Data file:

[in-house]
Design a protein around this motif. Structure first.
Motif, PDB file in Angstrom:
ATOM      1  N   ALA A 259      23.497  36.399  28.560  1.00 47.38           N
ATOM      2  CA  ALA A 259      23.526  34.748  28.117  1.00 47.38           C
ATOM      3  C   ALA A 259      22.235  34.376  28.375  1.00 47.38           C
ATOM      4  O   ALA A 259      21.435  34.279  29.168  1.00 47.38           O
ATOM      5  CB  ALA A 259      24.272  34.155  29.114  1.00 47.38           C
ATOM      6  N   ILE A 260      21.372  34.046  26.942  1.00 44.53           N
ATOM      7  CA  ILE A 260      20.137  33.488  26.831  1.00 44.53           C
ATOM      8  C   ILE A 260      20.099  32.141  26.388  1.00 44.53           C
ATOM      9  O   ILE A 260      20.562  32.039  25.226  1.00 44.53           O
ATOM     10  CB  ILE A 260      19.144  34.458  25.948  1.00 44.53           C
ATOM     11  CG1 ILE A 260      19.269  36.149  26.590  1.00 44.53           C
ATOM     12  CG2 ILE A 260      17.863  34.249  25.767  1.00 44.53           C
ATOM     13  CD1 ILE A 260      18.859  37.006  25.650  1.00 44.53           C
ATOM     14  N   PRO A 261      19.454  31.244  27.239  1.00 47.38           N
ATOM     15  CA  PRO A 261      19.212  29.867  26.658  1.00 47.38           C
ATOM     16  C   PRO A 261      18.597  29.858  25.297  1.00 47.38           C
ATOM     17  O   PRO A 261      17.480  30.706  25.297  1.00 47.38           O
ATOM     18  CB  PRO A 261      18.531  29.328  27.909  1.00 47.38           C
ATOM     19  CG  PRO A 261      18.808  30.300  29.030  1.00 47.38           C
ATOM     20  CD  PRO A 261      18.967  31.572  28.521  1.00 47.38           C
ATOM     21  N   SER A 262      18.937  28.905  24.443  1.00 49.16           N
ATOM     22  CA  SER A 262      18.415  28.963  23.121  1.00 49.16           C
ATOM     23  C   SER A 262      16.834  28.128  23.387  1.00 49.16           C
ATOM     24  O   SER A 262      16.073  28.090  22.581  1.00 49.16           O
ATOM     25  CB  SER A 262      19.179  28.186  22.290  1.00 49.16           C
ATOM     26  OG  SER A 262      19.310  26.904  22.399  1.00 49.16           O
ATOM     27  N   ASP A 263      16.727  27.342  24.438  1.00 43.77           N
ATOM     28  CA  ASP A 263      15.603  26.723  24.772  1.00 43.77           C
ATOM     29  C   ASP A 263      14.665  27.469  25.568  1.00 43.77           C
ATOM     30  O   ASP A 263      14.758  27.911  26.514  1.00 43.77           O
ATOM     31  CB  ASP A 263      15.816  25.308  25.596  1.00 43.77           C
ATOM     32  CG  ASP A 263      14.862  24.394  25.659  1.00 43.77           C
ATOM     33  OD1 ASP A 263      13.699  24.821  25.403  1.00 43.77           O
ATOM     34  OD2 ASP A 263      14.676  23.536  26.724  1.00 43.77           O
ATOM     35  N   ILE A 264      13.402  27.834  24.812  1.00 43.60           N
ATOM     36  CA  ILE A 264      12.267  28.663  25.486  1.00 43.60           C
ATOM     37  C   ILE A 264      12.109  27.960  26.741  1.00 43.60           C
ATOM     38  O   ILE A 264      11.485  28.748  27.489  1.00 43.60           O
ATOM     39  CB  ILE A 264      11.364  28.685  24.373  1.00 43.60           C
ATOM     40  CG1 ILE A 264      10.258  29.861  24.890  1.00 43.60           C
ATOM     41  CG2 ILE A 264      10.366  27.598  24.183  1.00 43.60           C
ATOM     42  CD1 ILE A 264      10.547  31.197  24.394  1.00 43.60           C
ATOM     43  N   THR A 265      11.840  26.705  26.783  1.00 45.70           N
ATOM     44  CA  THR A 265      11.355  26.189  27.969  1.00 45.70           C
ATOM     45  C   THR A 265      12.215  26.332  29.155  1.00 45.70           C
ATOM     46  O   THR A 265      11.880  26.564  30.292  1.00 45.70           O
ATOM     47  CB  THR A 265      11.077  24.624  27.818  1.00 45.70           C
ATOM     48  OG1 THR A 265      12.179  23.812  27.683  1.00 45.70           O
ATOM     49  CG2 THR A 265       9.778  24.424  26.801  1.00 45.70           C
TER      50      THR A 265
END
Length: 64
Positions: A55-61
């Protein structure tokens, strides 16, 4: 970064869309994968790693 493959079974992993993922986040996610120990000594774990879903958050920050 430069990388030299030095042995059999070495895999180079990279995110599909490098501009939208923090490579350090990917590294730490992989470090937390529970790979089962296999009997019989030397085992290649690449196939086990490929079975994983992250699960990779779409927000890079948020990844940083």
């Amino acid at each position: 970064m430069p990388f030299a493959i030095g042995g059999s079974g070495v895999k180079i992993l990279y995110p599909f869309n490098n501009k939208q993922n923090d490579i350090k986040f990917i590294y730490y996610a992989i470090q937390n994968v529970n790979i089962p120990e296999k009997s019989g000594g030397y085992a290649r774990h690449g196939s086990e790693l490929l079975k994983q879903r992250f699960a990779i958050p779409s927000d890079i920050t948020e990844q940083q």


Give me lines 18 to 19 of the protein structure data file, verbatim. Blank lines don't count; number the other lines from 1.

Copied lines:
ATOM     15  CA  PRO A 261      19.212  29.867  26.658  1.00 47.38           C
ATOM     16  C   PRO A 261      18.597  29.858  25.297  1.00 47.38           C